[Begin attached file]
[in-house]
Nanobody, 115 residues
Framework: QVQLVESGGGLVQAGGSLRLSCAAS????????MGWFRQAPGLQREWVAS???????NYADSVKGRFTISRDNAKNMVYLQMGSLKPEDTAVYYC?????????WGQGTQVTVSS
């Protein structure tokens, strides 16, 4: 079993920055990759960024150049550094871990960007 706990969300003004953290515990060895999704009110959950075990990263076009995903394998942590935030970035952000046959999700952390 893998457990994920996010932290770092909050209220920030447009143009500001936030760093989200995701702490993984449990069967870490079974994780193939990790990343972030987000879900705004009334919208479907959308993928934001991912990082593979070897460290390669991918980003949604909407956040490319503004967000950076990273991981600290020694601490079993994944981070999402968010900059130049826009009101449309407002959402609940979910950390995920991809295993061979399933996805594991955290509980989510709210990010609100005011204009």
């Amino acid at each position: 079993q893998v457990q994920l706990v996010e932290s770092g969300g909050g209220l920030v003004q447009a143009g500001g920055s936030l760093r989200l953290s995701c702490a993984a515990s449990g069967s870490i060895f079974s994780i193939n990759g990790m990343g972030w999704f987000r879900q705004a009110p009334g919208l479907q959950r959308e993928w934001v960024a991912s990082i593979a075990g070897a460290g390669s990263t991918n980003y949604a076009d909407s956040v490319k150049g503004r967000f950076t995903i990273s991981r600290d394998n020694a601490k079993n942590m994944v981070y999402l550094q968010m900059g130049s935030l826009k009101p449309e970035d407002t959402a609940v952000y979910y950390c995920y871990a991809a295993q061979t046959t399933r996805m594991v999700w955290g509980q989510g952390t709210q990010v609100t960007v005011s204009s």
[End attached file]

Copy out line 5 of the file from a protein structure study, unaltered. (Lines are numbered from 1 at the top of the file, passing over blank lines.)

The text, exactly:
């Amino acid at each position: 079993q893998v457990q994920l706990v996010e932290s770092g969300g909050g209220l920030v003004q447009a143009g500001g920055s936030l760093r989200l953290s995701c702490a993984a515990s449990g069967s870490i060895f079974s994780i193939n990759g990790m990343g972030w999704f987000r879900q705004a009110p009334g919208l479907q959950r959308e993928w934001v960024a991912s990082i593979a075990g070897a460290g390669s990263t991918n980003y949604a076009d909407s956040v490319k150049g503004r967000f950076t995903i990273s991981r600290d394998n020694a601490k079993n942590m994944v981070y999402l550094q968010m900059g130049s935030l826009k009101p449309e970035d407002t959402a609940v952000y979910y950390c995920y871990a991809a295993q061979t046959t399933r996805m594991v999700w955290g509980q989510g952390t709210q990010v609100t960007v005011s204009s």